Title Arctic sea-ice ridges; safe heavens for sea-ice fauna during periods of extreme ice melt?
Author Gradinger, R.; Bluhm, B.A.; Iken, K.
Author Affil Gradinger, R., University of Alaska-Fairbanks, School of Fisheries and Ocean Sciences, Fainbanks, AK
Source Observations and exploration of the Arctic's Canada Basin and the Chukchi Sea; the hidden ocean and RUSALCA expeditions, edited by B.A. Bluhm, K. Iken and R.R. Hopcroft. Deep-Sea Research. Part II: Topical Studies in Oceanography, 57(1-2), p.86-95, . Publisher: Elsevier, Oxford, International. ISSN: 0967-0645
Publication Date Jan. 2010
Notes In English. 57 refs. GeoRef Acc. No: 310306
Index Terms algae; carbon isotopes; chlorophylls; ecology; ice; isotopes; melting; meltwater; plankton; plant ecology; pressure ridges; salinity; temperature; thickness; Arctic Ocean--Beaufort Sea; Arctic Ocean--Canada Basin; Arctic Ocean--Chukchi Sea; Arctic Ocean; Beaufort Sea; C-13/C-12; Canada Basin; carbon; chlorophyll; Chukchi Sea; fresh water; habitat; ice cores; Invertebrata; isotope ratios; N-15/N-14; nitrogen; organic carbon; organic compounds; organic nitrogen; pigments; Plantae; porphyrins; sea ice; sea water; spatial distribution; stable isotopes; zooplankton
Abstract The abundances and distribution of metazoan within-ice meiofauna (13 stations) and under-ice fauna (12 stations) were investigated in level sea ice and sea-ice ridges in the Chukchi/Beaufort Seas and Canada Basin in June/July 2005 using a combination of ice coring and SCUBA diving. Ice meiofauna abundance was estimated based on live counts in the bottom 30 cm of level sea ice based on triplicate ice core sampling at each location, and in individual ice chunks from ridges at four locations. Under- ice amphipods were counted in situ in replicate (N=24-65 per station) 0.25 m2 quadrats using SCUBA to a maximum water depth of 12 m. In level sea ice, the most abundant ice meiofauna groups were Turbellaria (46%), Nematoda (35%), and Harpacticoida (19%), with overall low abundances per station that ranged from 0.0 to 10.9 ind l-1 (median 0.8 ind l-1). In level ice, low ice algal pigment concentrations (0.1-15.8 g Chl a l-1), low brine salinities (1.8-21.7) and flushing from the melting sea ice likely explain the low ice meiofauna concentrations. Higher abundances of Turbellaria, Nematoda and Harpacticoida also were observed in pressure ridges (0-200 ind l-1, median 40 ind l-1), although values were highly variable and only medians of Turbellaria were significantly higher in ridge ice than in level ice. Median abundances of under-ice amphipods at all ice types (level ice, various ice ridge structures) ranged from 8 to 114 ind m-2 per station and mainly consisted of Apherusa glacialis (87%), Onisimus spp. (7%) and Gammarus wilkitzkii (6%). Highest amphipod abundances were observed in pressure ridges at depths 3 m where abundances were up to 42- fold higher compared with level ice. We propose that the summer ice melt impacted meiofauna and under-ice amphipod abundance and distribution through (a) flushing, and (b) enhanced salinity stress at thinner level sea ice (less than 3m thickness). We further suggest that pressure ridges, which extend into deeper, high-salinity water, become accumulation regions for ice meiofauna and under-ice amphipods in summer. Pressure ridges thus might be crucial for faunal survival during periods of enhanced summer ice melt. Previous estimates of Arctic sea ice meiofauna and under-ice amphipods on regional and pan-Arctic scales likely underestimate abundances at least in summer because they typically do not include pressure ridges.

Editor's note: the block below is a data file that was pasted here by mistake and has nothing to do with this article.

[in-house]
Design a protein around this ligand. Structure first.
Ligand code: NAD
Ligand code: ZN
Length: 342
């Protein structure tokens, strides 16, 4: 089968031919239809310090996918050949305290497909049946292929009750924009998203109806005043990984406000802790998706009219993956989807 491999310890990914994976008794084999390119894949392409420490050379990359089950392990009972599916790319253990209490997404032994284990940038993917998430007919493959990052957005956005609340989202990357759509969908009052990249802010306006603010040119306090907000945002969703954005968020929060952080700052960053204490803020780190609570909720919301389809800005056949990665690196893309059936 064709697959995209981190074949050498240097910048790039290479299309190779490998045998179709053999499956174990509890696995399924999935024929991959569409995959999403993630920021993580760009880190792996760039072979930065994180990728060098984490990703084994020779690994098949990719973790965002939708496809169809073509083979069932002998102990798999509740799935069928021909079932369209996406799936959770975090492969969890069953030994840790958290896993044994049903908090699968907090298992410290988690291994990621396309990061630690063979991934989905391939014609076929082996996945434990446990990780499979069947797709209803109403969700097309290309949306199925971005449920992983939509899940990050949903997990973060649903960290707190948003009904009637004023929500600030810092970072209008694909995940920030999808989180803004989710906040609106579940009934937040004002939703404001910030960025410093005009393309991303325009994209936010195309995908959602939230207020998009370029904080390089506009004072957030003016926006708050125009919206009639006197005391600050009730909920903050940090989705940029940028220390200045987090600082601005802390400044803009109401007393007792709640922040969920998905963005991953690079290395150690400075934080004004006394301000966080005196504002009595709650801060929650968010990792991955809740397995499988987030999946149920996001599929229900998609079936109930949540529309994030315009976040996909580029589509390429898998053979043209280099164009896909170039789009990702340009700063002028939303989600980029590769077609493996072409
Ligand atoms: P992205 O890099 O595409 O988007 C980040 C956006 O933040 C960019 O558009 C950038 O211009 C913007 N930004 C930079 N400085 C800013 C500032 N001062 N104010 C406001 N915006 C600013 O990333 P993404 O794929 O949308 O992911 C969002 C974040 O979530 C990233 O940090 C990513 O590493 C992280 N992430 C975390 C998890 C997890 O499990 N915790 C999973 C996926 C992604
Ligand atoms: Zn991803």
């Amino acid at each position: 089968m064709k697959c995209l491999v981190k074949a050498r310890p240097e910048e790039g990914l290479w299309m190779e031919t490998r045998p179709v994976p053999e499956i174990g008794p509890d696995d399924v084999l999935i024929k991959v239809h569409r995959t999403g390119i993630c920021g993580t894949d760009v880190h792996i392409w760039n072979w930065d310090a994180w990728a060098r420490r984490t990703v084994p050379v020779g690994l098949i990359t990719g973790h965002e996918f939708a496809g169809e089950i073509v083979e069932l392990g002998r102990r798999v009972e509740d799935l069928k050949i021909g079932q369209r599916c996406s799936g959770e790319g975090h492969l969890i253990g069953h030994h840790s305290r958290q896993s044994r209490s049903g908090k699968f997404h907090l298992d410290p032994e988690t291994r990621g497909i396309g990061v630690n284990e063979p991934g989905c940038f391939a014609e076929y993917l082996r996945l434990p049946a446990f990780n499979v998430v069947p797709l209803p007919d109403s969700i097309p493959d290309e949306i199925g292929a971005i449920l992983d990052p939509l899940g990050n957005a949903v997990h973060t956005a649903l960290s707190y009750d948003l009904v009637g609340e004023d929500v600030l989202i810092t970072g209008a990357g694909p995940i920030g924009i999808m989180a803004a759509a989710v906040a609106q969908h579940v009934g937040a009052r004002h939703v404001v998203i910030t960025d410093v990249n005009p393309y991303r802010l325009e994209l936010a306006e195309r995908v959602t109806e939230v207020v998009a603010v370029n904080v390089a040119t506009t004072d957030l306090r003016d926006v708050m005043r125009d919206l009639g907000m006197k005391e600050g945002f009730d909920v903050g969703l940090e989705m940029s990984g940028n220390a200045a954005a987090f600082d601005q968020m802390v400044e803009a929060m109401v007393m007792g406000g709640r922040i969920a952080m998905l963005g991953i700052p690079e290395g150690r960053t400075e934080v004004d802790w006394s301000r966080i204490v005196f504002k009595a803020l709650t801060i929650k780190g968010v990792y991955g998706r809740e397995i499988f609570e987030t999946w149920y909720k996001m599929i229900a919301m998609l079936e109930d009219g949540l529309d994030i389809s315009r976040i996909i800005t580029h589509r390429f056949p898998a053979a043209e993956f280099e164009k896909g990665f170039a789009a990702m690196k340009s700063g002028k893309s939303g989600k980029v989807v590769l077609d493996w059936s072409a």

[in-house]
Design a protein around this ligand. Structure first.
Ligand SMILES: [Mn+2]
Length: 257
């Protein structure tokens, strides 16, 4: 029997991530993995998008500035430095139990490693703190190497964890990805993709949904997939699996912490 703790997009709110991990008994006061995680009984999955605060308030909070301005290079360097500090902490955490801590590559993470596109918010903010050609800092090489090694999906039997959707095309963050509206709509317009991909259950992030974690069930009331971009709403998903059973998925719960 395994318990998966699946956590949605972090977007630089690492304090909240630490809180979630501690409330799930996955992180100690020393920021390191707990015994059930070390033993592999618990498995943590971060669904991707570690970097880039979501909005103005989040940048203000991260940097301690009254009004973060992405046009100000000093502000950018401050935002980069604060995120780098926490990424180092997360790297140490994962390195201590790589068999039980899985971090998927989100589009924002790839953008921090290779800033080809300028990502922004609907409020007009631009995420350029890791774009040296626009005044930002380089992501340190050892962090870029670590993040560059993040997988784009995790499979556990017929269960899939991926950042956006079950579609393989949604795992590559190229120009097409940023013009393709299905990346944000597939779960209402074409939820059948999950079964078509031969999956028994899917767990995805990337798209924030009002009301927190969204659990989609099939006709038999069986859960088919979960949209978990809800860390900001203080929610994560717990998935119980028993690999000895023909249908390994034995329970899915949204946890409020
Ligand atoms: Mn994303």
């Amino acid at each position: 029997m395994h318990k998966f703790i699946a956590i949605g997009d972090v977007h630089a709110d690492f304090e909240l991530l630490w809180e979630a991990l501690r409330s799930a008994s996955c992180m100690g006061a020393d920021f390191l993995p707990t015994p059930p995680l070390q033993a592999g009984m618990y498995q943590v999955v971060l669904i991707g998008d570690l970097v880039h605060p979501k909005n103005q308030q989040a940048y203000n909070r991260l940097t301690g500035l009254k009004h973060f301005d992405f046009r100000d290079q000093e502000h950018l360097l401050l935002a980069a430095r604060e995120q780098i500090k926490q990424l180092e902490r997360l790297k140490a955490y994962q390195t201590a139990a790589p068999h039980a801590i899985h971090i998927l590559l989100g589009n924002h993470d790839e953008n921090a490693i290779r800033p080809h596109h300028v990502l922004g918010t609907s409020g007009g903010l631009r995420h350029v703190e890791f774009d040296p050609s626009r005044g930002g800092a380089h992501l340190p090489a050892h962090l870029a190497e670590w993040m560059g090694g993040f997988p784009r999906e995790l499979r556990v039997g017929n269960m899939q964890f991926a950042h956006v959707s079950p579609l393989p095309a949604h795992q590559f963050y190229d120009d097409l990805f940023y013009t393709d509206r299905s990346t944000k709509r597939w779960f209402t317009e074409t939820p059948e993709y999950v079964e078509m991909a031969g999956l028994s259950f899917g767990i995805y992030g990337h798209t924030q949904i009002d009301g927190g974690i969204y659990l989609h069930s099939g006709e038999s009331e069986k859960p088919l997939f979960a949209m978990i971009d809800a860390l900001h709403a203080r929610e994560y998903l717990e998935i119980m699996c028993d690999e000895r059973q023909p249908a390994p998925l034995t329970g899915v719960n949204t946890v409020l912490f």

URL http://hdl.handle.net/10.1016/j.dsr2.2009.08.008
Publication Type journal article
Record ID 65007257